LME: You wouldn't do it with adult books, would you?  You wouldn't say, "Oh, we'll just put fiction, biography and academic reviews into one piece."  You wouldn't, would you?!  You don't lump them all into one category.

TB: Most of the reviews I remember seeing are MG or YA, and they've always been fiction.  I don't remember seeing non-fiction.  But Big Picture Press and Flying Eye Books were ground-breaking in making books that were gorgeous and accessible and something kids wanted to have.  They tapped into something that wasn't there previously.  I think that in itself would warrant that you should write about them. 

JAC: It would be nice to do a weekly or even monthly roundup of older fiction, younger fiction, picture books, nursery...  Because actually right now there's a big boom in board books and novelty books.  How do you promote a novel over a picture book when they're so different, and for a completely different audience?  And children's graphic novels are doing really well right now.  Where do you fit that in?  It would be good to have a page.  That would be really nice; always a page.

"From a bookseller point of view, it does make a huge difference"

What else would you like to see mainstream media doing to #CoverKidsBooks?

JAC: More dialogue between authors and illustrators, because it's really interesting when you get their point of view.  Shared experiences, or contrasts with different experiences.  I like that at children's events; it's something that would be nice to see.  I enjoy authors interviewing other authors, asking questions you wouldn't think of.

CA: I'd like to see newspapers give a much bigger percentage of space to children's book reviews, and not just the so-called 'literary or worthy' ones but the ones children actually get passionate about, collect, and make groans like they are dying when they have to wait for the next in the series.  I also think the fact that BookTubing has taken off so successfully, particularly for YA, suggests that we need to be talking more about books on TV.

LME: I think it's incredibly important that you've got more coverage there.  If they do a children's feature four times a year, people can only come in four times a year with those lists.  But if they're doing them ten times a year – that gives people ten opportunities.  From a bookseller point of view, it does make a huge difference.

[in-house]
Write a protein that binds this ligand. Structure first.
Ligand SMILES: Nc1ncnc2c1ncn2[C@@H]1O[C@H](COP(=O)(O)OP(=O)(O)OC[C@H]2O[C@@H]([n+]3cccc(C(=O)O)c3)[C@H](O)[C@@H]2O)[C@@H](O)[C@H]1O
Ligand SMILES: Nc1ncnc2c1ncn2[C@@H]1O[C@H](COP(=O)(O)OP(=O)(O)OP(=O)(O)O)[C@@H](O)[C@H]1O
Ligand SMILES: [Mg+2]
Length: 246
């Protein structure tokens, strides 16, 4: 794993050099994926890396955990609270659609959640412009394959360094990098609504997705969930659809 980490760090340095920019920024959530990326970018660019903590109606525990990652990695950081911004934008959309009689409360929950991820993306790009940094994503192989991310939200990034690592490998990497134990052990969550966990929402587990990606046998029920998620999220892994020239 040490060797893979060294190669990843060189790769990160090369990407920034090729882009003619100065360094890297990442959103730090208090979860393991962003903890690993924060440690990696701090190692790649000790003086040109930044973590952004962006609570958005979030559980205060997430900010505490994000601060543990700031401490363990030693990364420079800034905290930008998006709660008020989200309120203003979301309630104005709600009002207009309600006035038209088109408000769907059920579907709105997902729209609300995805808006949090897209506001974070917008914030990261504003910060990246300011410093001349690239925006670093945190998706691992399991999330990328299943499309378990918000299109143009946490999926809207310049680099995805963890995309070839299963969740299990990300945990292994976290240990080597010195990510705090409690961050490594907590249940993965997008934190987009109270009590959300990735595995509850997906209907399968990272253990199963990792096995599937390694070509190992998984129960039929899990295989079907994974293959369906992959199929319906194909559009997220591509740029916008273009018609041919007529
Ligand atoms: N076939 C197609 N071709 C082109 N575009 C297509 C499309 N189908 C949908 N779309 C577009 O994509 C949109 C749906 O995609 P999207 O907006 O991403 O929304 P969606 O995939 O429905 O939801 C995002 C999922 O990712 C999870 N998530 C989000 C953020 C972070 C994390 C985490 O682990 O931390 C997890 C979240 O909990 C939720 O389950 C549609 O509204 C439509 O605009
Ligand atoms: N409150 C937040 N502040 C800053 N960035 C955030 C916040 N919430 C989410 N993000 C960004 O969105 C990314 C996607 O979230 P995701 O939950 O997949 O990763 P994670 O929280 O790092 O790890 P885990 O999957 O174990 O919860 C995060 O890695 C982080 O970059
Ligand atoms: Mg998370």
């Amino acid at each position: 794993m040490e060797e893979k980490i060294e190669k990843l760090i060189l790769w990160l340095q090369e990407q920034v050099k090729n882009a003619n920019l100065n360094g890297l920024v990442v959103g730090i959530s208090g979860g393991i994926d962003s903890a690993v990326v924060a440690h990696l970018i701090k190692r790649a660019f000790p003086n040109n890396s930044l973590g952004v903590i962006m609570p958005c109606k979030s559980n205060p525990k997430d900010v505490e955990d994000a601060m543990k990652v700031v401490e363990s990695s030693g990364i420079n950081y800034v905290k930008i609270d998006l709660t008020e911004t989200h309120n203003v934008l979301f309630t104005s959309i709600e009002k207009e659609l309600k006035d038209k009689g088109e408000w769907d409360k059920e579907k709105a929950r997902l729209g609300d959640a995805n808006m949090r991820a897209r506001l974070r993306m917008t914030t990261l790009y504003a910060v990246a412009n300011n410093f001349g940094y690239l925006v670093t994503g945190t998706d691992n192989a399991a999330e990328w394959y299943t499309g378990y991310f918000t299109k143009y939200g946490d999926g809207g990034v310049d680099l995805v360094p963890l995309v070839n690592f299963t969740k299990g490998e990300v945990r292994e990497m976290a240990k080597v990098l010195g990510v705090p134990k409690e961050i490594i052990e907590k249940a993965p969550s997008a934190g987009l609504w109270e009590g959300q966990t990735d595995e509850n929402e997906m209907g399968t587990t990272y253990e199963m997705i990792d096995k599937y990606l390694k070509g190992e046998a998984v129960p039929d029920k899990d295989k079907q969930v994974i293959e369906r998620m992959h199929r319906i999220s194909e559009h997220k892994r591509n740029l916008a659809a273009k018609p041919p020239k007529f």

#CoverKidsBooks – The Facts
#CoverKidsBooks – Librarians
#CoverKidsBooks – Teachers
#CoverKidsBooks – Parents
#CoverKidsBooks – Experts
#CoverKidsBooks – Writers & Illustrators
#CoverKidsBooks – New Research, One Year On

#CoverKidsBooks invites you to join in a public conversation about children's books.  Leave a comment, write a blog of your own, or tweet about it using the hashtag.  Tell us why children's books matter to you, and what you'd like to see the media do to #CoverKidsBooks!


  1. Reading this makes me even more sad that the Independent is folding, especially as it's one of the few papers providing reviews for children's books right now. Makes the #CoverKidsBooks campaign even more important!

  2. We need to nurture Children's literature, because Children are the readers of tomorrow. Besides, plenty of adults read "Children's" books (Harry Potter, anyone?).

  3. Love Tereze's comment about adult readers treating children's books as part of their literary exploration. Children's books are definitely not a lesser form of fiction. CS Lewis said that authors should choose to write so-called children's books when it is the best art-form for what they want to say.

  4. I'm really, really enjoying my month of reading and reviewing children's books, inspired by SF Said and the campaign. You can see the books I've reviewed so far here: I've included children's non fiction in my reading list as this is an area that gets even less review coverage than children's fiction!